Established with the passage of the American Small Business Act in 1953, the  U.S. Small Business Administration (SBA) was created as an independent agency of the federal government to aid, counsel, assist and protect the interests of small business concerns, to preserve free competitive enterprise and to maintain and to strengthen the overall economy of the U.S. Simply stated in the SBA’s mission statement, ” The SBA helps Americans start, build and grow businesses.”

The SBA delivers its services through an extensive network of field offices and partnerships with public and private organizations. Here are phone numbers and links to the various offices and locations where you can reach the appropriate SBA office.

There are three types of offices in this list:

   I. District (typically, the  SBA office closest to you)
 II. Regional
III. National Headquarters

 I. District Offices

SBA’s District Offices are responsible for the delivery of SBA’s many programs and services throughout the country. Services available and administered through SBA District Offices include:

  • Free counseling, advice, and information on starting a business through SCORE.
  • Financial assistance for new or existing businesses through guaranteed loans made by area bank and non-bank lenders.
  • Free consulting services through the network of Small Business Development Centers. SBDCs also conduct training events throughout the district – some require a nominal registration fee.
  • Assistance to businesses owned and controlled by socially and economically disadvantaged individuals through the Minority Enterprise Development Program.
  • Women’s Business Ownership Representatives are available to advise women business owners.
  • Special loan programs are available for businesses involved in international trade.
  • Guaranteed loans are available for credit-worthy veterans.

1 – The Seattle District Office serves Benewah, Bonner, Boundary, Clearwater, Idaho, Kootenai, Latah, Lewis, Nez Perce, Shoshone counties in Idaho.

2 – The Wichita District Office serves all of Kansas except the following counties, which are served by the Kansas City, Missouri District Office: Anderson, Atchison, Bourbon, Brown, Cherokee, Coffey, Crawford, Doniphan, Douglas, Franklin, Jackson, Jefferson, Johnson, Labette, Leavenworth, Linn, Marshall, Miami, Montgomery, Nemaha, Neosho, Osage, Pottawatomie, Shawnee, Wilson, Woodson and Wyandotte.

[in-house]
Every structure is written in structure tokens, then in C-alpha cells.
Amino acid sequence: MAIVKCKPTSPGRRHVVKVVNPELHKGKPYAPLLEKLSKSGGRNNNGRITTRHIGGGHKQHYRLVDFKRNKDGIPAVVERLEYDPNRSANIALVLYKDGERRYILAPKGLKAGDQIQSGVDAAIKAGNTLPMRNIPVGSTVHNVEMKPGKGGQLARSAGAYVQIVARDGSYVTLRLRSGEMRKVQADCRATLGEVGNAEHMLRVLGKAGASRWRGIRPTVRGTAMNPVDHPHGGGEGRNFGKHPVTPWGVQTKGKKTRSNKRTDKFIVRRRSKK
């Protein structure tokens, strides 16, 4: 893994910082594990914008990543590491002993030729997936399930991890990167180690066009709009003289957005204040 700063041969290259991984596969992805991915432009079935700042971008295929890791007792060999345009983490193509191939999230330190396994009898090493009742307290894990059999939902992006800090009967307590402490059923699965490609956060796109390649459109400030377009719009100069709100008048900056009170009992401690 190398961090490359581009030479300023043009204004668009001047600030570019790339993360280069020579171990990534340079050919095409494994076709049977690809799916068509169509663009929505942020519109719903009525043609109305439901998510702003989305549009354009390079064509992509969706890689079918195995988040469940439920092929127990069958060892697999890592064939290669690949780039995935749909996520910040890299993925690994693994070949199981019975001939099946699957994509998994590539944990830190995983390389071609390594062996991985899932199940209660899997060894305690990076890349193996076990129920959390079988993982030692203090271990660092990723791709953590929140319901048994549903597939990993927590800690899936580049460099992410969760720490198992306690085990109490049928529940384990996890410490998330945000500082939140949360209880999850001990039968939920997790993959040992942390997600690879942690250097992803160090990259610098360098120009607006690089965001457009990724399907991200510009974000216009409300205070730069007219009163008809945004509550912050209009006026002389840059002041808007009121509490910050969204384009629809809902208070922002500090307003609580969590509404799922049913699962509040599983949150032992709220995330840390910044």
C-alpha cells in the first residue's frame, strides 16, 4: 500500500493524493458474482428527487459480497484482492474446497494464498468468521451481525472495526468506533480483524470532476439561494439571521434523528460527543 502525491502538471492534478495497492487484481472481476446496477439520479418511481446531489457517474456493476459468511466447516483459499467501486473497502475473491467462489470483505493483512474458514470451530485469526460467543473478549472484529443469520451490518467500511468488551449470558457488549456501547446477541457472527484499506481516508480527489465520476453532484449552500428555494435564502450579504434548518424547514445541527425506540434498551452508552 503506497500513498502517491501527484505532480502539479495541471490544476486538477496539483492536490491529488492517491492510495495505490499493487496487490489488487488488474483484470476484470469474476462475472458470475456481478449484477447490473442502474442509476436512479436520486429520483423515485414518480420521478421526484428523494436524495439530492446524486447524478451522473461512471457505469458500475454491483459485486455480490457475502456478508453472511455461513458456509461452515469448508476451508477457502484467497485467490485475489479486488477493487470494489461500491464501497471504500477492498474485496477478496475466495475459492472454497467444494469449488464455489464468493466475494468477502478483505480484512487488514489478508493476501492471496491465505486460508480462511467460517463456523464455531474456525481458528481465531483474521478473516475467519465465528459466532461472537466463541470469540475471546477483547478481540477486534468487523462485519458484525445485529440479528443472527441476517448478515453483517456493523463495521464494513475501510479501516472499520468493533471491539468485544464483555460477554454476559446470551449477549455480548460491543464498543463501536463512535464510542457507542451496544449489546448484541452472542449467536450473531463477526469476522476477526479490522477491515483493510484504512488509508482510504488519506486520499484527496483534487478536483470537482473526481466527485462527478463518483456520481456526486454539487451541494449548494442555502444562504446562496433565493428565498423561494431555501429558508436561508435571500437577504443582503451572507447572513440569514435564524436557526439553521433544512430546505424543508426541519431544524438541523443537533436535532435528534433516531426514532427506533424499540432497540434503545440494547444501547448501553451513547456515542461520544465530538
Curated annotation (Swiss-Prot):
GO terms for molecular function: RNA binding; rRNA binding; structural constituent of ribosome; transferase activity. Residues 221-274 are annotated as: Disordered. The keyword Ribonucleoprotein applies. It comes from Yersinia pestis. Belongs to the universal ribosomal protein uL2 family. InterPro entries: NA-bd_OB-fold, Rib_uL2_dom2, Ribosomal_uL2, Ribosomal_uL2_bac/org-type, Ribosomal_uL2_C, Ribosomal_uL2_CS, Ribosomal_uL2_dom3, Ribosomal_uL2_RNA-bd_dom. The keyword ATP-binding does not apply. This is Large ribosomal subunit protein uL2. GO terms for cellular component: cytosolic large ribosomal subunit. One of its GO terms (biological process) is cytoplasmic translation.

3 – The Washington, DC District Office serves Montgomery and Prince George’s counties in Maryland and Arlington, Fairfax and Loudoun counties in Virginia.

4 – The Boise District Office serves Baker, Grant, Harney, Malheur, Union and Wallowa counties in Oregon.

5 – The Portland District Office serves Clark, Skamania, Cowlitz and Wahkiakum counties in Washington.

II. SBA Regional Offices

  • Region I 
    SBA New England | Serving Connecticut, Maine, Massachusetts, New Hampshire, Rhode Island and Vermont
  • Region II 
    SBA Atlantic | Serving New York, New Jersey, Puerto Rico, and The U.S. Virgin Islands
  • Region III 
    SBA Mid-Atlantic | Serving Delaware, Maryland, Pennsylvania, Virginia, Washington, DC, and West Virginia
  • Region IV 
    SBA Southeast | Serving Alabama, Florida, Georgia, Kentucky, Mississippi, North Carolina, South Carolina, and Tennessee
  • Region V 
    SBA Great Lakes | Serving Illinois, Indiana, Michigan, Minnesota, Ohio, and Wisconsin
  • Region VI 
    SBA South Central | Serving Arkansas, Louisiana, New Mexico, Oklahoma, and Texas
  • Region VII 
    SBA Great Plains | Serving Iowa, Kansas, Missouri, and Nebraska
  • Region VIII 
    SBA Rocky Mountains | Serving Colorado, Montana, North Dakota, South Dakota, Utah, and Wyoming
  • Region IX 
    SBA Pacific | Serving Arizona, California, Guam, Hawaii, and Nevada
  • Region X 
    SBA Pacific Northwest | Serving Alaska, Idaho, Oregon, and Washington

III. SBA Headquarters, Washington, DC

Advocacy, Laws & Regulations

Related Articles

A Rural Loan Program Change Means More Employees Can Buy a Retiring Owner’s Business

Because more children aren’t buying parents’ rural business, succession loan program expands to employee-buyers.

Bookmark This! | 35 Data Sources About Business From U.S. Government Agencies

Small business data sources provided by U.S. federal government sources.

Answers to 20 of the Most Frequently Asked Questions About U.S. Small Business

From “What is a small business?” to “How do most small businesses get funded?” the 20 most asked questions about small business.

U.S. Resources for Employers and Job Seekers

Job training and resources including hundreds of local training programs and job resources funded through federal grants

U.S. Resources for Small Business: USDA Rural Development

USDA’s Rural Development program finds innovative ways to create business opportunities and jobs in rural and small towns.